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Easing of restrictions require more diligent social distancing, Hirji says

Second wave of COVID-19 could emerge as parks and some shops open up in the area
Dr. Mustafa Hirji says easing the restrictions requires diligent social distancing. Photo: Thorold News archive

Niagara Public Health report success in the fight against COVID-19 inside the regions retirement- and long-term care facilities.

On Tuesday the stubborn outbreak at Seasons Welland, that has been ongoing since late March was declared over after no new cases emerged during a two-week period.

Royal Rose in Welland and Lundy Manor in Niagara Falls are still on the list, but acting medical officer of health Mustafa Hirji said new cases has ceased to emerge in the manner that they did before.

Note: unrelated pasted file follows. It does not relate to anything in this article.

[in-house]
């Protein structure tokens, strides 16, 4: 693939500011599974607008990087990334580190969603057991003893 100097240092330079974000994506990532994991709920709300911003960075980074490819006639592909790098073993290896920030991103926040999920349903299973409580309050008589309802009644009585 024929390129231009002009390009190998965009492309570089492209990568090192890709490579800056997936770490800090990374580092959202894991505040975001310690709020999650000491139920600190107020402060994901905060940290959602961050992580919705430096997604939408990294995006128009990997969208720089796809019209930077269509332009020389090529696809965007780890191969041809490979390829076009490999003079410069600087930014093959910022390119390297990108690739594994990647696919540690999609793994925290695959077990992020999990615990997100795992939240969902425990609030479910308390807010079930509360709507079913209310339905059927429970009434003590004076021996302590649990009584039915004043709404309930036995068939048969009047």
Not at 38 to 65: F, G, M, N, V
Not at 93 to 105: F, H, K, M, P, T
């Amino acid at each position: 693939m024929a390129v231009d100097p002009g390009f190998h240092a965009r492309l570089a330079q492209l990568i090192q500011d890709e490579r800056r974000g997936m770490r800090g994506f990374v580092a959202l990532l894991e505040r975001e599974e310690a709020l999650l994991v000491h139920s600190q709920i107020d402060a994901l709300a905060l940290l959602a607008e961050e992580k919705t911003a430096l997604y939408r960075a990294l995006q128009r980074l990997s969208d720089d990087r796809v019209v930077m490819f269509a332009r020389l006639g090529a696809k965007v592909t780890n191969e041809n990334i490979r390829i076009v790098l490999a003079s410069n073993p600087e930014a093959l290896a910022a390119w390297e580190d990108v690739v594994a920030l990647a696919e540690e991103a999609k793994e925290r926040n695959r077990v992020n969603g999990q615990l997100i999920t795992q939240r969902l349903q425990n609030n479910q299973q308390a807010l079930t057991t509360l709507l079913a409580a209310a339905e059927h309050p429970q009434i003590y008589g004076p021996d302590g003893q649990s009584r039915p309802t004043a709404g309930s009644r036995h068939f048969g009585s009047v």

On Wednesday the region reported five new cases of COVID-19 in Niagara, putting the total at 620 of which 458 have recovered.

58 people have died after contracting the virus - primarily residents of care facitilies.

Although a handful of new outbreaks were declared over the past week at facilities in Lincoln, Grimsby and St Catharines as well as Fort Erie, Hirji said some of them could be false positives after another round of increased testing was carried out.

“We are a little suspicious due to the lack of symptoms and other evidence of an infection, but it is better to be safe than sorry,” said Hirji.

As the outbreaks settle to a significantly lower level than that of a few weeks ago, Hirji and his team are keeping a close eye on the effects of the easing of some restrictions, such as re-opening of provincial parks and sports fields as well as certain stores.

“It is a difficult communication challenge, and we want to emphasize that there is a lot of risk out there. It will never be zero. We should be doing nice things outside, but we need to do it with physical distancing in mind.”

Hirji urged continued hand-washing and monitoring of symptoms - even mild ones, like a runny nose.

“People want to return to normal, but I am afraid that it is something we can’t do. The infection has not gone away,” said Hirji.